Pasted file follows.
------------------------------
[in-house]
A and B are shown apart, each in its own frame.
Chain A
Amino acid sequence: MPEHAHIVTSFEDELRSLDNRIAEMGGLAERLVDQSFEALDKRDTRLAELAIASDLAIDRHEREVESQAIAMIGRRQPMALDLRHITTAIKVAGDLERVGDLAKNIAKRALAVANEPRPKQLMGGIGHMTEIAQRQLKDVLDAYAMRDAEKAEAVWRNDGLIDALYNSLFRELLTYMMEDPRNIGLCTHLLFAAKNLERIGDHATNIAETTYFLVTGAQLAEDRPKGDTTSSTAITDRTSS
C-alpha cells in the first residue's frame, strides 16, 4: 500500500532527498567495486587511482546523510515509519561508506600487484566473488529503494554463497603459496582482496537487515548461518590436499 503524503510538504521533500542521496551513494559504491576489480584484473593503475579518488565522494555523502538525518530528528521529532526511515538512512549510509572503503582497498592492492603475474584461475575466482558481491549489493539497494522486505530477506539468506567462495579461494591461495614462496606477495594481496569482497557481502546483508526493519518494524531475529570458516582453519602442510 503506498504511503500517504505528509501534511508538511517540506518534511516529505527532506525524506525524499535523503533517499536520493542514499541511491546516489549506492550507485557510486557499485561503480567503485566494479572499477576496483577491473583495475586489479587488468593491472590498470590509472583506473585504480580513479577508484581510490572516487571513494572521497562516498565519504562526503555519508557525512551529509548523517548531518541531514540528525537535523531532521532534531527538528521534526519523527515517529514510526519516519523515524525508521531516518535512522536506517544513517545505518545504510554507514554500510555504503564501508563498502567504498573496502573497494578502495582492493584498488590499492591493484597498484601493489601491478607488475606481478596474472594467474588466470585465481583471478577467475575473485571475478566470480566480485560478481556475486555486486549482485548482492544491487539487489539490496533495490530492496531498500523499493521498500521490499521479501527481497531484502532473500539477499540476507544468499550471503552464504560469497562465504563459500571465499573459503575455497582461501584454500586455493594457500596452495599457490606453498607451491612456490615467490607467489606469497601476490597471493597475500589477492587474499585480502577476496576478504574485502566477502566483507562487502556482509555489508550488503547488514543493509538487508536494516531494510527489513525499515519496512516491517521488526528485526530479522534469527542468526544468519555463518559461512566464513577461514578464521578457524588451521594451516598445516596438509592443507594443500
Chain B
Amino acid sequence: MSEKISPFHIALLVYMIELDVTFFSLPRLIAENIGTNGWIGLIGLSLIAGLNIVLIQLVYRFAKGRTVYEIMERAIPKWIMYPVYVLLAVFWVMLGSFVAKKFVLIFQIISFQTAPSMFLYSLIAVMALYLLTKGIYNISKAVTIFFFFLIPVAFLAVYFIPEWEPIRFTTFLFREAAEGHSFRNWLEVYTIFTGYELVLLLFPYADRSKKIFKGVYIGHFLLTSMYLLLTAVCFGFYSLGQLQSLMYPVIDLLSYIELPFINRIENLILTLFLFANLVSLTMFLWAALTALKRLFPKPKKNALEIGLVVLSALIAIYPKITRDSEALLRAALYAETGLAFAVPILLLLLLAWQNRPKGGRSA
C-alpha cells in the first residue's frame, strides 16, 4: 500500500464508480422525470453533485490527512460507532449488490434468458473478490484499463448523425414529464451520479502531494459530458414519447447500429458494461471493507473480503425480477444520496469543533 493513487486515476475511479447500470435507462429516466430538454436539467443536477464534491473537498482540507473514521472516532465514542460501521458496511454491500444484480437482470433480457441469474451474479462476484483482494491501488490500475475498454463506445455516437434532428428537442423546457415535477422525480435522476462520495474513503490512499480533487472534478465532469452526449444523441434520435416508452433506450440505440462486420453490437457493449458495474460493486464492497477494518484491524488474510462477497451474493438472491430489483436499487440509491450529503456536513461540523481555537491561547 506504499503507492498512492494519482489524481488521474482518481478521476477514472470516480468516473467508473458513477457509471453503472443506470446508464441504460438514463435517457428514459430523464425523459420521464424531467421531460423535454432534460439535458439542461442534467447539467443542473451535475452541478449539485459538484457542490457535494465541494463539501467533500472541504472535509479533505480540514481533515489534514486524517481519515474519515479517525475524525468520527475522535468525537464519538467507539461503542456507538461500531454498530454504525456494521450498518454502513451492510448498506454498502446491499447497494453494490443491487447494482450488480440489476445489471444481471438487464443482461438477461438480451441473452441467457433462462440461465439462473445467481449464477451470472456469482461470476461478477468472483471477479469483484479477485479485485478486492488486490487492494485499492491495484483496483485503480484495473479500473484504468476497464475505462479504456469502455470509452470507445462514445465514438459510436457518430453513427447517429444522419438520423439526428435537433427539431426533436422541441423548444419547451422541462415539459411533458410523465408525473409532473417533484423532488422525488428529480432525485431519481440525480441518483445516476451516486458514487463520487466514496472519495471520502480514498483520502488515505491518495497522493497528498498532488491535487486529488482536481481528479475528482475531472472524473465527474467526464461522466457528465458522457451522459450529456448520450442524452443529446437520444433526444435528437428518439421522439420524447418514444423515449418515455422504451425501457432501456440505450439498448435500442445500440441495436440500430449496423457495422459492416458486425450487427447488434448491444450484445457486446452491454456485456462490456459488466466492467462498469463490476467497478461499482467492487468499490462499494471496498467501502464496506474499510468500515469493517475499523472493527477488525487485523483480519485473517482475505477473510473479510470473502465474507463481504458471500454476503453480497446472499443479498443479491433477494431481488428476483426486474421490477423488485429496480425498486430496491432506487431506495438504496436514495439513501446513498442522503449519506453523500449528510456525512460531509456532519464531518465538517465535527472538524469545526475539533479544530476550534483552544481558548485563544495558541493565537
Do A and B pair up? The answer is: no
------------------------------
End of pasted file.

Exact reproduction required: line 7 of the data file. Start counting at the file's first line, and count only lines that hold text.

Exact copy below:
Amino acid sequence: MSEKISPFHIALLVYMIELDVTFFSLPRLIAENIGTNGWIGLIGLSLIAGLNIVLIQLVYRFAKGRTVYEIMERAIPKWIMYPVYVLLAVFWVMLGSFVAKKFVLIFQIISFQTAPSMFLYSLIAVMALYLLTKGIYNISKAVTIFFFFLIPVAFLAVYFIPEWEPIRFTTFLFREAAEGHSFRNWLEVYTIFTGYELVLLLFPYADRSKKIFKGVYIGHFLLTSMYLLLTAVCFGFYSLGQLQSLMYPVIDLLSYIELPFINRIENLILTLFLFANLVSLTMFLWAALTALKRLFPKPKKNALEIGLVVLSALIAIYPKITRDSEALLRAALYAETGLAFAVPILLLLLLAWQNRPKGGRSA